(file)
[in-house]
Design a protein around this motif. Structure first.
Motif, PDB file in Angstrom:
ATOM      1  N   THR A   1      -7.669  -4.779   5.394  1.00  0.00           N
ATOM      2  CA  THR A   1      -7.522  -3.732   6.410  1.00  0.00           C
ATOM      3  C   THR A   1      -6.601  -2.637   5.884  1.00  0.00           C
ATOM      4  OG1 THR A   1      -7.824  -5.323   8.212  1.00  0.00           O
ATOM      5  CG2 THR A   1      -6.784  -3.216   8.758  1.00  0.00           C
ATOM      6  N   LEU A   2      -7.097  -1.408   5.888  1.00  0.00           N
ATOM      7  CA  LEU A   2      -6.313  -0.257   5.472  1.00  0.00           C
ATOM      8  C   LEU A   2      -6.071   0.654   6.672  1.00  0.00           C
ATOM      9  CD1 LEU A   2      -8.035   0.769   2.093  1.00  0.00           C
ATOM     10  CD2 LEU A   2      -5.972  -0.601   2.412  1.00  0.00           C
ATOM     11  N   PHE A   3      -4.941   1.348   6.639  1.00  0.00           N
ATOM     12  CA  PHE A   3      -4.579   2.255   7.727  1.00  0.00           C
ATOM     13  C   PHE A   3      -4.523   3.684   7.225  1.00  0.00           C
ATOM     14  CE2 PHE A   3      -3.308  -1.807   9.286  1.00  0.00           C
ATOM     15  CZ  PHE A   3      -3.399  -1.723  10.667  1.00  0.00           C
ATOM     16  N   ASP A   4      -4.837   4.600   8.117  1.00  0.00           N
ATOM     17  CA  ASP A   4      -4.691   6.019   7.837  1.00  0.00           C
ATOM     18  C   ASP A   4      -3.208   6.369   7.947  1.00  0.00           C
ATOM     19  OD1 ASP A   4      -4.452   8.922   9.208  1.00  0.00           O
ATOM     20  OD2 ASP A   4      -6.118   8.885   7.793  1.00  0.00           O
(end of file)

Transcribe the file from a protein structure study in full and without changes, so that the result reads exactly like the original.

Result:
[in-house]
Design a protein around this motif. Structure first.
Motif, PDB file in Angstrom:
ATOM      1  N   THR A   1      -7.669  -4.779   5.394  1.00  0.00           N
ATOM      2  CA  THR A   1      -7.522  -3.732   6.410  1.00  0.00           C
ATOM      3  C   THR A   1      -6.601  -2.637   5.884  1.00  0.00           C
ATOM      4  OG1 THR A   1      -7.824  -5.323   8.212  1.00  0.00           O
ATOM      5  CG2 THR A   1      -6.784  -3.216   8.758  1.00  0.00           C
ATOM      6  N   LEU A   2      -7.097  -1.408   5.888  1.00  0.00           N
ATOM      7  CA  LEU A   2      -6.313  -0.257   5.472  1.00  0.00           C
ATOM      8  C   LEU A   2      -6.071   0.654   6.672  1.00  0.00           C
ATOM      9  CD1 LEU A   2      -8.035   0.769   2.093  1.00  0.00           C
ATOM     10  CD2 LEU A   2      -5.972  -0.601   2.412  1.00  0.00           C
ATOM     11  N   PHE A   3      -4.941   1.348   6.639  1.00  0.00           N
ATOM     12  CA  PHE A   3      -4.579   2.255   7.727  1.00  0.00           C
ATOM     13  C   PHE A   3      -4.523   3.684   7.225  1.00  0.00           C
ATOM     14  CE2 PHE A   3      -3.308  -1.807   9.286  1.00  0.00           C
ATOM     15  CZ  PHE A   3      -3.399  -1.723  10.667  1.00  0.00           C
ATOM     16  N   ASP A   4      -4.837   4.600   8.117  1.00  0.00           N
ATOM     17  CA  ASP A   4      -4.691   6.019   7.837  1.00  0.00           C
ATOM     18  C   ASP A   4      -3.208   6.369   7.947  1.00  0.00           C
ATOM     19  OD1 ASP A   4      -4.452   8.922   9.208  1.00  0.00           O
ATOM     20  OD2 ASP A   4      -6.118   8.885   7.793  1.00  0.00           O